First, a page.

I'd recommend Duggal and Elevator only because they have a Lambda or Light Jet and the print is therefore chemical/wet process, not an inkjet.

    http://www.duggal.com/
    http://www.elevatordigital.ca/
    http://www.gammaimaging.com/
    http://www.aandi.com/

    Also check out the APUG Hybrid Social Group before this thread closed down by the moderators: http://www.apug.org/forums/groups/hy...oto-group.html.

    Regards, Art.
    Visit my website at www.ArtLiem.com
    or my online portfolios at APUG and ModelMayhem

  8. #18

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    Quote Originally Posted by StorminMatt View Post
    Given the fact that, unless you DIY, virtually NOBODY is makes optical prints from negatives, C41 film holds no real advantage over slide film if you want prints (unless you just prefer the look of C41, but Astia pretty much looks and acts like C41). If you like slides, keep in mind that slide film does a better job at making prints than C41 does at making slides.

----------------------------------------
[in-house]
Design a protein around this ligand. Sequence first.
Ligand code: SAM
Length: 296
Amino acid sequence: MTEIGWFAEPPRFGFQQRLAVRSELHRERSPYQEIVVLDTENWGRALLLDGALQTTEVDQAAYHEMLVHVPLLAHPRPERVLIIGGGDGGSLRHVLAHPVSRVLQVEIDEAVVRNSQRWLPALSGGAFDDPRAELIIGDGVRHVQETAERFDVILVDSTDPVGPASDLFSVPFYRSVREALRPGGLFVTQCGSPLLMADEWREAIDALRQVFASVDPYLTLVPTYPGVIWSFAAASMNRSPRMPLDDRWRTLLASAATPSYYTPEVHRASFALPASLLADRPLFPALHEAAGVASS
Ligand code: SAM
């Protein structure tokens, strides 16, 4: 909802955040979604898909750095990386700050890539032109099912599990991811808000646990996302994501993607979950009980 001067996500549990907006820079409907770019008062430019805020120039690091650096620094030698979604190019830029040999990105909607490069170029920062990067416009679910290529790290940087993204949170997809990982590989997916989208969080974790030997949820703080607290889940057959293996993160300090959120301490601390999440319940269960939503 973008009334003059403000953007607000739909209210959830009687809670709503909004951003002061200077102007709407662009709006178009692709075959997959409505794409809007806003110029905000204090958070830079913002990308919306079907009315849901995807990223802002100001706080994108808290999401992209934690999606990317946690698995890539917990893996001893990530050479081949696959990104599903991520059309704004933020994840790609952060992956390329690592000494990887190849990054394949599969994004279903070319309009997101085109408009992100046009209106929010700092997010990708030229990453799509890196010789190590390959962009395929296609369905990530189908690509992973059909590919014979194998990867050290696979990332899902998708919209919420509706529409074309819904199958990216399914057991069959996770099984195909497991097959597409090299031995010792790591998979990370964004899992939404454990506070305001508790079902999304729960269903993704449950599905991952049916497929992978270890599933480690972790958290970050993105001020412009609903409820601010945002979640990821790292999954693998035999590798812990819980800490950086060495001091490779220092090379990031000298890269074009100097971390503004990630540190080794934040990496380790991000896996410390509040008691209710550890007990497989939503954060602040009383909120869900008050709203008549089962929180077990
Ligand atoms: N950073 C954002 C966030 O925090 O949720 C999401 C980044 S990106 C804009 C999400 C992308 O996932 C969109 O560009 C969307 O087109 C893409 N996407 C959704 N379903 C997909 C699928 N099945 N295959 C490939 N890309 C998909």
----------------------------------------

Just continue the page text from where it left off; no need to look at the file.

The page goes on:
My primary objective is to make prints and C41 is (obviously) my choice. Let me tell you some facts...

    1. C41 is more tolerant when it comes to sloppy metering. Just because it is scanned, it doesn't mean that the exposure latitude isn't an asset.
    2. Why pay more for an E6 film if I don't want to project? There are (and there will be) many C41 films that do the job nicely. And why pay more for E6 processing either?
    3. Check the availability of E6 labs. Not many left and you don't have the added bonus of C41's fast processing. You don't need to wait for days.

  9. #19
    gr82bart's Avatar
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    Quote Originally Posted by Anon Ymous View Post
    My primary objective is to make prints and C41 is (obviously) my choice. Let me tell you some facts...

    1. C41 is more tolerant when it comes to sloppy metering. Just because it is scanned, it doesn't mean that the exposure latitude isn't an asset.
    2. Why pay more for an E6 film if I don't want to project? There are (and there will be) many C41 films that do the job nicely. And why pay more for E6 processing either?